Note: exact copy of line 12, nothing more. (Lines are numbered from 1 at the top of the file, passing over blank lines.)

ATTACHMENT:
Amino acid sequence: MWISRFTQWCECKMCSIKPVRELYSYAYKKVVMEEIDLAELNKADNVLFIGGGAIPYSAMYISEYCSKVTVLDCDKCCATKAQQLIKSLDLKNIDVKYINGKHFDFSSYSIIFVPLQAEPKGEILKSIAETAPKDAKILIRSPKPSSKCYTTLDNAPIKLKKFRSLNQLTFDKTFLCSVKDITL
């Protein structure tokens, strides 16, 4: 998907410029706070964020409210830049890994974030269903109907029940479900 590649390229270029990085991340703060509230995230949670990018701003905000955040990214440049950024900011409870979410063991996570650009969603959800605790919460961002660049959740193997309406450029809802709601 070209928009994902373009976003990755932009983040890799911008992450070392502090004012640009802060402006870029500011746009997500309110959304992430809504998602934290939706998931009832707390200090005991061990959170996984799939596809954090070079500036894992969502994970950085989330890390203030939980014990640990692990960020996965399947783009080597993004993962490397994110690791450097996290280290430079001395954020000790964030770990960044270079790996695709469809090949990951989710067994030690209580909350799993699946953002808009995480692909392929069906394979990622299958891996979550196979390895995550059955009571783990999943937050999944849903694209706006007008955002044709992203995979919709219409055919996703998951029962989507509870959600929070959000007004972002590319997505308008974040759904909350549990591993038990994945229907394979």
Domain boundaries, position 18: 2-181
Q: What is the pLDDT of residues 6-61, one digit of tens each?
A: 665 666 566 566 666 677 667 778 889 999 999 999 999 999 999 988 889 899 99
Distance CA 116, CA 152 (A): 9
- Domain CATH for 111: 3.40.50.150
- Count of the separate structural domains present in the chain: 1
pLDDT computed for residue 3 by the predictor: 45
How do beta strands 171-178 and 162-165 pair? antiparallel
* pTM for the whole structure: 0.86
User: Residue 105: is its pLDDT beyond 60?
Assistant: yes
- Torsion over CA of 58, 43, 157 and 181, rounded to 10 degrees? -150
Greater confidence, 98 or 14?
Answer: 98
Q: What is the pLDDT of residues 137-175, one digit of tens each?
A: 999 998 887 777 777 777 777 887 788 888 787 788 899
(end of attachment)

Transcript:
User: Residue 105: is its pLDDT beyond 60?